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When the USFL's New Jersey Generals signed Herschel Walker last spring before the University of Georgia star had used up his eligibility at the school (page 18), college coaches around the country screamed bloody murder. The USFL's signing of college players, they wailed, would interfere with student-athletes' dogged pursuit of their college educations and play havoc with the college game. In the face of these objections, USFL Commissioner Chet Simmons has publicly pledged that his league will not compound its supposed crime in signing Walker by also spiriting away Oklahoma Running Back Marcus Dupree. What Simmons hasn't said—but should—is that the complaints about signing still-eligible collegians are so much hooey. To consider them in order:

1) It interferes with education. So how much education do pro-caliber football players get, even when they dutifully spend all four years playing for Old Siwash? Compared with other college stars, Walker was considered to be unusually conscientious in the classroom, yet The Atlanta Journal and Constitution recently reported that Georgia's three-time All-America had only 92 of the 195 credit hours required for graduation. It's safe to assume, what with the distractions of the regular football season, postseason bowls, three pro All-Star games, pro tryouts, pro minicamps and banquet-circuit commitments, not to mention his then-envisioned pursuit of a berth on the 1984 U.S. Olympic team, that Walker still would have been light-years away from a degree even if he'd returned to Georgia for his final season. At any rate, Walker still is free to pursue his degree, and he has indicated that he intends to take courses at Georgia this fall.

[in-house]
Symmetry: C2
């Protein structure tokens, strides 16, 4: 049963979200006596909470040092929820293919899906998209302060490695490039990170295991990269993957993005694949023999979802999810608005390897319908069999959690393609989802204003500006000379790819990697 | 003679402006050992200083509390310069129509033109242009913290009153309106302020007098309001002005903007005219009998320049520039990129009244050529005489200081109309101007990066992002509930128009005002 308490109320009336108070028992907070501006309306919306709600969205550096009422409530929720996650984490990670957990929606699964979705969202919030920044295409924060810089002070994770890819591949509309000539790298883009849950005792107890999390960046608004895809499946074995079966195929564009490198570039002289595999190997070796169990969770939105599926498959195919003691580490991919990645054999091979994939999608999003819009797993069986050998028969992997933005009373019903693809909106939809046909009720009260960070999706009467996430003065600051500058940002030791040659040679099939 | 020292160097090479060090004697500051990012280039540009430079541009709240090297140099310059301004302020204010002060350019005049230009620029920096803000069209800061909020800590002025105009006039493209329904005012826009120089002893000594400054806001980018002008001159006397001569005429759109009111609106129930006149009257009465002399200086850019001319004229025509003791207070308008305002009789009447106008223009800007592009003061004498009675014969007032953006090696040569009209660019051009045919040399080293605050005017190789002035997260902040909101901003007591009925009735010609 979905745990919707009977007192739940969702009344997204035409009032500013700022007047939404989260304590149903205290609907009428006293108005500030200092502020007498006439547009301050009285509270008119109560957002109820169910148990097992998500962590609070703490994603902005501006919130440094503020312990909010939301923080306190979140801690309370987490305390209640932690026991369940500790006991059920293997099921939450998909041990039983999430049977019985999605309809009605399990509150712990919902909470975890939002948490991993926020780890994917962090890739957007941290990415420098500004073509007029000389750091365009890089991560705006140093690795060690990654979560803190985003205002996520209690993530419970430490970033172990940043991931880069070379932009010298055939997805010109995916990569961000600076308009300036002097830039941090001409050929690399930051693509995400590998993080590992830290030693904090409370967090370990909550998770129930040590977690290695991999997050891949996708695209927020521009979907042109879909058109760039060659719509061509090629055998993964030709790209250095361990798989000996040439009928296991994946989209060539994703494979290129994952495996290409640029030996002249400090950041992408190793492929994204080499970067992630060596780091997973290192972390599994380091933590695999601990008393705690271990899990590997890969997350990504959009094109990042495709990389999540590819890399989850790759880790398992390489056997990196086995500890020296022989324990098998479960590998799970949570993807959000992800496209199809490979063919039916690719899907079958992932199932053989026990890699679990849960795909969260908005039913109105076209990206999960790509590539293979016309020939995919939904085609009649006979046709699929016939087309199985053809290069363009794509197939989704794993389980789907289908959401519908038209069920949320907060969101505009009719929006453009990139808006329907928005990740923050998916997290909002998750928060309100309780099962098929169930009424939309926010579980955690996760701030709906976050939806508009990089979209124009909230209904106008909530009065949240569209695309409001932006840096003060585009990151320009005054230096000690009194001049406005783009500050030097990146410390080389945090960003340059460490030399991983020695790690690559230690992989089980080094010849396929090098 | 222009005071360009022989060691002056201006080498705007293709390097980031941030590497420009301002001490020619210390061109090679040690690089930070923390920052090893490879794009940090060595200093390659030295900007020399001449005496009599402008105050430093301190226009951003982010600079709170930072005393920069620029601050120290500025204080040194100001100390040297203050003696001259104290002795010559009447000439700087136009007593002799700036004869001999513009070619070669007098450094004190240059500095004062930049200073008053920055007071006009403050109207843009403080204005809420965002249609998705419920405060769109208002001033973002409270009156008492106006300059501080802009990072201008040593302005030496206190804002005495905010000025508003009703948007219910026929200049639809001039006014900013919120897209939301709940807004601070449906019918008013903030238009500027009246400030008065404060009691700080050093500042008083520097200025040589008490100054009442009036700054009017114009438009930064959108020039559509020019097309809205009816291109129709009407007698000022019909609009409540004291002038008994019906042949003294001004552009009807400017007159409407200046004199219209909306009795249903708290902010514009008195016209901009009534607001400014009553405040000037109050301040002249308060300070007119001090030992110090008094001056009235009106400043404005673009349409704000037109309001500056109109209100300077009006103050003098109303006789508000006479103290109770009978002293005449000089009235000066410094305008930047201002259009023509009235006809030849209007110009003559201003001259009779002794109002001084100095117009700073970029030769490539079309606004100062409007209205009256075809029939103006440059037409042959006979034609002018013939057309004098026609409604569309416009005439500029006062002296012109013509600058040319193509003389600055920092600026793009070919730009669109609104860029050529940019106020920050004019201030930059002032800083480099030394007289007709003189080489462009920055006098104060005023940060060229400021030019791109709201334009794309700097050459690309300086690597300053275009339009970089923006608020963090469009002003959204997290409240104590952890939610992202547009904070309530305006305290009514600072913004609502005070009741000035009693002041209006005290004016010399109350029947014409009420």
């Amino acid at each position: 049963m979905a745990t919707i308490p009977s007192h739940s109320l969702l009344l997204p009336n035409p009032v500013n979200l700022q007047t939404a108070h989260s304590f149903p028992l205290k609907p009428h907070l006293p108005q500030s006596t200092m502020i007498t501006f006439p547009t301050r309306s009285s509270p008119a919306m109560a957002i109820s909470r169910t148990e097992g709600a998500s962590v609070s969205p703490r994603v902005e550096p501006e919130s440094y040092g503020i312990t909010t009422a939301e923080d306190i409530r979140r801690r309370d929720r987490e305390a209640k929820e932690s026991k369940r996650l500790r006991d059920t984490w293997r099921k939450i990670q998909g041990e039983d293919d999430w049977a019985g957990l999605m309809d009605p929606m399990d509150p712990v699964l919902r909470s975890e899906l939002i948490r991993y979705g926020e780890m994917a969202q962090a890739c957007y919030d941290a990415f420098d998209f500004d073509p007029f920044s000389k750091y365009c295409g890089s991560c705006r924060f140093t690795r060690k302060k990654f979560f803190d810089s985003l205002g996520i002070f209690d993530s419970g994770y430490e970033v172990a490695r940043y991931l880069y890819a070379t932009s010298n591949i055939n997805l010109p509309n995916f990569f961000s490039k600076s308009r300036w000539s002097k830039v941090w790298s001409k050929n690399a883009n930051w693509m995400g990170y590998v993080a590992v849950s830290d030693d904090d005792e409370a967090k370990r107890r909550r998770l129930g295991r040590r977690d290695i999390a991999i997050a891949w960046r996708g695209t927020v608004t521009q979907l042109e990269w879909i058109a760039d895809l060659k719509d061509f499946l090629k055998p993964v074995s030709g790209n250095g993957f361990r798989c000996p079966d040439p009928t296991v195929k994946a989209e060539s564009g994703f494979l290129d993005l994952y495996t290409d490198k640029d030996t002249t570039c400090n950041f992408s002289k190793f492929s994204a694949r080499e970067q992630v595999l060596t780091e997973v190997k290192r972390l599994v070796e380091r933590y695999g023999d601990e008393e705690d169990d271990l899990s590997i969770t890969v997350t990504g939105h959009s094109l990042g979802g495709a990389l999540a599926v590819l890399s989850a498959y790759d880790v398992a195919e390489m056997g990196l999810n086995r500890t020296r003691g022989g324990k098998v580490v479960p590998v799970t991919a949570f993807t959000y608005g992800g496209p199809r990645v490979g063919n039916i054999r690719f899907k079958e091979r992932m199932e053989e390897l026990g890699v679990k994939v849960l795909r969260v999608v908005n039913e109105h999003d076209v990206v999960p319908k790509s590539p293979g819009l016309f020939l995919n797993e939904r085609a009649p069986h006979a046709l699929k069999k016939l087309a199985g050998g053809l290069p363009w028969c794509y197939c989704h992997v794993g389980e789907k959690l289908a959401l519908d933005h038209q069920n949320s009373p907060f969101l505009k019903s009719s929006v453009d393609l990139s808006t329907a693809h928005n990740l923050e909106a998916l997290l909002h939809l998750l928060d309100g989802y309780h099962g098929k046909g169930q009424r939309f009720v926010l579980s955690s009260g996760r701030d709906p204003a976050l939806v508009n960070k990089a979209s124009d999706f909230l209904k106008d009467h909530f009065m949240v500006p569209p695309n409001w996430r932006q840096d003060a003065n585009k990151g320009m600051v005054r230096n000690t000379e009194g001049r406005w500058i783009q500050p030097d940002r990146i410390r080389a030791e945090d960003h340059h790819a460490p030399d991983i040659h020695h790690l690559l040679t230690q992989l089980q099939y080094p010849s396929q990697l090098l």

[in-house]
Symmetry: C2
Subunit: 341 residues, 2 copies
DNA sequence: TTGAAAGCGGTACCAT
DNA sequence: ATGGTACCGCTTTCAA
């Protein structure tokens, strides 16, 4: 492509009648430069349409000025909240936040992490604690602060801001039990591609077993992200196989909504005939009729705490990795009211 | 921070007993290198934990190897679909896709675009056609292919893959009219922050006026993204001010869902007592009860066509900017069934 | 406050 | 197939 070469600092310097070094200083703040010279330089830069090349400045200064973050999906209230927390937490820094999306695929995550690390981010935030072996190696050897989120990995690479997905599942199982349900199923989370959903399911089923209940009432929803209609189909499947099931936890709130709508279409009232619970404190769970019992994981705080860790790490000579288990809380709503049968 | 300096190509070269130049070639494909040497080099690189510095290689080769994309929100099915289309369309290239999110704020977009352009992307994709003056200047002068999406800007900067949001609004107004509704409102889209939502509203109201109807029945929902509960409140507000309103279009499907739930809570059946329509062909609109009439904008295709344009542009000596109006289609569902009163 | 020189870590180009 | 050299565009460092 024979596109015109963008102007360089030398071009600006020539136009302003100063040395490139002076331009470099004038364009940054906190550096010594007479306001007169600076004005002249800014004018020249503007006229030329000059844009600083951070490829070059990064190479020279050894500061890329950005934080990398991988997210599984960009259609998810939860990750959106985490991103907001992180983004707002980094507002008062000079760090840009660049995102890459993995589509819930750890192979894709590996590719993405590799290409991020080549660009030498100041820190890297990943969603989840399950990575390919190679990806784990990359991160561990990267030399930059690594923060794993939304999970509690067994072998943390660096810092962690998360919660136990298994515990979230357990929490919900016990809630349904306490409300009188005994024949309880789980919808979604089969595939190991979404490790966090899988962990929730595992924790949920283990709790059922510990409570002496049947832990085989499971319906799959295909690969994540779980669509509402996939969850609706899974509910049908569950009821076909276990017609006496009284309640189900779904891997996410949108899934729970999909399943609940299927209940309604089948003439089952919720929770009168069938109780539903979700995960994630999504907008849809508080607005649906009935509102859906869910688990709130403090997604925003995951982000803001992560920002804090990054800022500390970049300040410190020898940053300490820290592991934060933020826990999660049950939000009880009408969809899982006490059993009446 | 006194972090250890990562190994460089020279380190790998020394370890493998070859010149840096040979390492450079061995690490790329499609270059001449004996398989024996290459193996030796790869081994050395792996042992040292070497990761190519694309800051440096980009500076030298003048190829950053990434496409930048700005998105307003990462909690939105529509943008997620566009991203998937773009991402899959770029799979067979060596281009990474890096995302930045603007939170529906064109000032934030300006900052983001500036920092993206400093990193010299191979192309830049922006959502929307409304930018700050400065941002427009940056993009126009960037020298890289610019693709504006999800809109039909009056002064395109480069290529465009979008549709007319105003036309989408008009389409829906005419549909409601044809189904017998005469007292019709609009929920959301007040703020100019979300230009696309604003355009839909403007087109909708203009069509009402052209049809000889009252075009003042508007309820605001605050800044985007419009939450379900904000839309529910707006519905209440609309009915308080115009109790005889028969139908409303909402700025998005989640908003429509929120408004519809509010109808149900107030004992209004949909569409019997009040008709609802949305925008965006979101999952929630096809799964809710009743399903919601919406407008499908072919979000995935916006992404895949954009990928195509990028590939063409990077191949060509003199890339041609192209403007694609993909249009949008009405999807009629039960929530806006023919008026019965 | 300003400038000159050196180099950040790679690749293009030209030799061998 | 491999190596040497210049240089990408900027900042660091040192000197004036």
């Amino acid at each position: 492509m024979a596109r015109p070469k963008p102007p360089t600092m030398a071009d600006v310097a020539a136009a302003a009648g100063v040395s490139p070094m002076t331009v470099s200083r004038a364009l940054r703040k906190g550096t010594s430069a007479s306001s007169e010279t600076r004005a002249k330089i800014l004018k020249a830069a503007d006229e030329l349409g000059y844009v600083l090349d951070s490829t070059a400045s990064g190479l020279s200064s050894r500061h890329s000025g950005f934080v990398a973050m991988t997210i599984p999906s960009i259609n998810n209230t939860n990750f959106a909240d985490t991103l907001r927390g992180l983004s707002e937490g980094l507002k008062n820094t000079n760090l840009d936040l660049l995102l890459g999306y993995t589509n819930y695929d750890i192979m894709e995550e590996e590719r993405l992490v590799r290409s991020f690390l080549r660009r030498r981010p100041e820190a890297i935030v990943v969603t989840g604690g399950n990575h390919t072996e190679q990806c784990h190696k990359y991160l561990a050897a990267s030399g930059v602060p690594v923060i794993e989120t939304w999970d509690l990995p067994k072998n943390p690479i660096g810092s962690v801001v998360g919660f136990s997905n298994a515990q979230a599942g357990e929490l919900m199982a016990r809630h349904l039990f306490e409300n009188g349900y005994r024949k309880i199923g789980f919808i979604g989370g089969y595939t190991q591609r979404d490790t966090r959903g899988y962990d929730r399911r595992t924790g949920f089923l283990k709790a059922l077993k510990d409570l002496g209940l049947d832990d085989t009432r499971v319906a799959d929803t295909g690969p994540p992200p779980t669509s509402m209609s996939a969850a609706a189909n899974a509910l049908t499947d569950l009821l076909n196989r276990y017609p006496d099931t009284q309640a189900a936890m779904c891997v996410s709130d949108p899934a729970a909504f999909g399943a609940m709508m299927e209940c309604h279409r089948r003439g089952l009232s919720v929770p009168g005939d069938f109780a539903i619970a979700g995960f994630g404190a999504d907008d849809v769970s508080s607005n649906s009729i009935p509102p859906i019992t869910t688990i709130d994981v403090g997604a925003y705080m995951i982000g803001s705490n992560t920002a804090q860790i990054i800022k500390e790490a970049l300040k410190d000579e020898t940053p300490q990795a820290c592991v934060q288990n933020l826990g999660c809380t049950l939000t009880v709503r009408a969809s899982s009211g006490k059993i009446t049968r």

2) It hurts college football. Let's look at the experience of Arizona State's baseball team. Baseball hotshots are protected from the pros only as freshmen and sophomores in college and can be freely signed either before or after that. Over the years Arizona State has had such ballplayers as Reggie Jackson, Sal Bando, Bob Horner, Floyd Bannister, Ken Landreaux and Larry Gura, but just as impressive is the list of those who signed letters of intent with the Sun Devils, only to turn pro before arriving on campus—including Jim Palmer, Dale Murphy, Robin Yount, Lee Mazzilli, Jeff Burroughs, Garry Templeton, Brett Butler, Chris Speier and Johnnie LeMaster. Arizona State received no value whatsoever from any of those players, yet because other college baseball teams have also been stripped of talent by the pros, the Sun Devils have remained a baseball power.

If all college football players were similarly fair game for the pros, life would surely go on in that sport, too. Indeed, not even Georgia can claim to have been shortchanged by Walker's defection. During his three years on campus, the Bulldogs played in three Sugar Bowls, appeared on network telecasts eight other times and increased their stadium capacity by 18,000 seats, which they filled for every home game. All told, Walker can be credited with having produced at least $3 million in extra revenue for Georgia, not a bad return on the school's investment—covering three years of scholarship, uniform, travel and other costs for Herschel—of perhaps $45,000.

The winner of the Pabst Blue Ribbon Purse, a recent co-feature at Omaha's Ak-Sar-Ben racetrack, was Split A Bud.

Several weeks ago we noted that a letter from the Kansas City Kings, one of several NBA franchises in financial trouble, arrived in our office marked "Postage Due—17¢." Last week's mail brought a missive from the Utah Jazz. It bore no stamp.